- Do a Facebook live video with some guests and ask them about their experience. You really need to take the opportunistic approach here!
Use your most current reviews on your website- weave them in throughout your copy to add in the power of the 3rd party endorsements.
Lastly, ensure you dedicate time to make this step of your recovery happen as it will be so powerful for your business.
Tip #8: Protect your passwords
If your office was to burn down or the electricity to it got cut off, would you be able to access your work files from anywhere?
In case of emergency, could you access your guest list from any computer or device and sent them a critical piece of communication? via Facebook, email or other?
To be able to do so you need for your files and systems to be cloud based and you need access to your logins and passwords.
There are now secure systems that exist that allow you to protect your business not only from hacking attacks but from being able to operate in critical times. These are called ‘Password Management’ software such as LastPass or 1Password. Read more about it here.
Tip #9: Utilise email to connect with your past guests
During the period following a natural disaster, it’s important to build the confidence that your target market has in your business. The most valuable asset you have right now if your existing customer email list.
In an ideal world, your email database would be segmented, your messages personalised for each recipient and you would be utilising automation and integration techniques. We understand that most businesses don’t have these best-practices in place yet. But, this shouldn’t stop you making use of email in your disaster recover marketing. So even if you don’t have a tidy aggregated database or CRM software you should include email in amongst your recovery marketing arsenal.
For those operators who don’t use any CRM tools and have never used an email list before, the most simple solution would be to gather the emails of all of your past customers from the last 2-3 years and create a spreadsheet with their names and email addresses. Obviously, the more personalised info you can track and record the better. You should aim to record information such as when the guest visited, who they were with (i.e. family/couple/single), where they were from, what age group they were in, etc. Even if you don’t have the capacity to segment your list right now for this email campaign, it’s great to keep track of this information so that you can target certain groups further down the track.
We want you to reach out to this group because you have already established a relationship with them. They have stayed with you or used your service or bought your products and have hopefully enjoyed their interaction with you so far. It’s very likely that they are aware that you may have been affected by the bushfires in your area and will be curious about what your current status is. That interaction with your business – those memories they made with you – gives them a small sense of ownership and responsibility for your region. If you think about the places that you yourself regularly holiday or have visited before, I’m sure you feel a certain special affection for that place. And that’s why we want to reach out to this group specifically.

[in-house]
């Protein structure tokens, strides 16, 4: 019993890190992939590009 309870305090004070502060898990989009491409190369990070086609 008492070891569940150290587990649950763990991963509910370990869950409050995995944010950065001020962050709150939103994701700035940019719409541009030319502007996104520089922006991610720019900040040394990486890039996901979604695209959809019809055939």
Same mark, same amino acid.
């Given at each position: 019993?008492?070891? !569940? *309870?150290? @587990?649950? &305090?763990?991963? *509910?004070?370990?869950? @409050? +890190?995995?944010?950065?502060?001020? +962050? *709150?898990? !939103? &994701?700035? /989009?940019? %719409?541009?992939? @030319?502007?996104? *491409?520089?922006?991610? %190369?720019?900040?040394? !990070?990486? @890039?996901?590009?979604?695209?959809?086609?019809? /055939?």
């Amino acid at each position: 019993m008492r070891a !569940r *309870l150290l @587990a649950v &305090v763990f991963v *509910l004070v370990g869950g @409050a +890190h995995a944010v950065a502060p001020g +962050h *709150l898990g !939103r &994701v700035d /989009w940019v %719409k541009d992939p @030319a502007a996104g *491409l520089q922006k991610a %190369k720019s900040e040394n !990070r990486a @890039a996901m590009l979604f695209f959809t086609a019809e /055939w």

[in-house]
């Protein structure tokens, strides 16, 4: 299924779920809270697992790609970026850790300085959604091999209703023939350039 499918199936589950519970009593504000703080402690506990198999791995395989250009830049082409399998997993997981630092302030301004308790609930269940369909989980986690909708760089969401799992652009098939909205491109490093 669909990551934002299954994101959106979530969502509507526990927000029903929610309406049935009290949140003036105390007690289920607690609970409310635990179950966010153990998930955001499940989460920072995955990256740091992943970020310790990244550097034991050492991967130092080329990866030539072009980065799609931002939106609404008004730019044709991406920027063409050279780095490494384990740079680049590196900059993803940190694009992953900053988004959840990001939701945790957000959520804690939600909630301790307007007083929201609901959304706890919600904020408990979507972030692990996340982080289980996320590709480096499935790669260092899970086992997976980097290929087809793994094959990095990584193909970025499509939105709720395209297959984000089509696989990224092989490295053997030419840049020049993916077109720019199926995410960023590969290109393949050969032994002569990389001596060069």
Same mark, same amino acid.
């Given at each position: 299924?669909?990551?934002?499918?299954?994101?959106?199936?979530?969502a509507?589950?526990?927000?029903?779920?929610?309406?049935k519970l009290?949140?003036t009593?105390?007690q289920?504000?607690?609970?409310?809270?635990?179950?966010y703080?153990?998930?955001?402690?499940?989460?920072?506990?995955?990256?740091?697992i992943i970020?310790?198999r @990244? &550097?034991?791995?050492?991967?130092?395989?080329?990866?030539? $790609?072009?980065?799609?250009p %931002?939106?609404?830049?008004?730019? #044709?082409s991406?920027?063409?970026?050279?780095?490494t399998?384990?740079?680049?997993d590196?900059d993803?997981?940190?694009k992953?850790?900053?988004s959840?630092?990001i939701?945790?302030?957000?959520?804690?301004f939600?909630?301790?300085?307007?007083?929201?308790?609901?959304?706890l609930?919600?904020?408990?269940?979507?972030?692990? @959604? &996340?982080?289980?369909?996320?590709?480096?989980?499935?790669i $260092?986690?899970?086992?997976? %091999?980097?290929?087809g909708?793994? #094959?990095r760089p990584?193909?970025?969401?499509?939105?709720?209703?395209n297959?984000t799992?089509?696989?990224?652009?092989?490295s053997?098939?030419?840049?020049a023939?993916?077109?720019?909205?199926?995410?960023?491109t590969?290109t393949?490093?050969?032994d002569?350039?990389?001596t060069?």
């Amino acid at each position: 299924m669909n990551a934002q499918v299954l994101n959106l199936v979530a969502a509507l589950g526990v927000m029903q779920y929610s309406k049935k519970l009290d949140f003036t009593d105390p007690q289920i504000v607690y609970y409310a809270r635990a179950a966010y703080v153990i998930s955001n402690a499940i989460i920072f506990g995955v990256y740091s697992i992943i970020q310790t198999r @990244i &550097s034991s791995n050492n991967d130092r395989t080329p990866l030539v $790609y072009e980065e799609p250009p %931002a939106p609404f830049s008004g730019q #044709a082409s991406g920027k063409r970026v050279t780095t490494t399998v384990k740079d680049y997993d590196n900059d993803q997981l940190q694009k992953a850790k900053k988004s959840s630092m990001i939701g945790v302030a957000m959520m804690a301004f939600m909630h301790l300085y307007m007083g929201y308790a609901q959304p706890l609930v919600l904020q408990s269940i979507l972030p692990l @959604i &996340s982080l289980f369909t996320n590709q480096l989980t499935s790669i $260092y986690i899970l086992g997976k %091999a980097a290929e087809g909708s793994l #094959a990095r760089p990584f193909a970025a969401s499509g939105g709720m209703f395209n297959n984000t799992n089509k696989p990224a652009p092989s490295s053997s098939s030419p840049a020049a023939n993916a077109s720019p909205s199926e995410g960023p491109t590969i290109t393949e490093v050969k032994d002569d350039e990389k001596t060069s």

For those operators who are temporarily closed while recovering:
Your email should focus on keeping your relationship going. Provide your past guests with an account of your experience and advise them that when you re-open you hope that they will visit you again. Also, let them know that when you do reopen you will be in touch with them again to let them know and invite them back.
For operators who are open for business:
Your email message should provide a similar account, but focusing on letting them know that you are open and you’d love for them to come back and they’d really be helping out if they did. You might like to extend them a special offer. Let them know that as they are previous customers you would like to offer them a special 25% discount, or whatever special offer works for your business.
In both scenarios, you are leaning on that memory that these guests have of their experience with you which ties them to your business.
You do need to get into the sales mode here and think about what you want the person receiving the email to feel and what you want them to do. So give them a call to action that they can engage with at the end of your email. If you can, we strongly suggest looking at an email platform such as Mailchimp. Mailchimp makes it easy for you to personalise and customise email campaigns in a way that is very visually engaging and fairly simple and very professional. You can add videos and images and all of that pretty easily. Eventually, you might wish to go one step further and use a more complex and adaptable solution that gives you extra functionality such as email automation.
It’s important to start working on this as soon as you can. Get mobilised and start communicating via email because not everyone will see your social media posts.
Tip #10: Go live!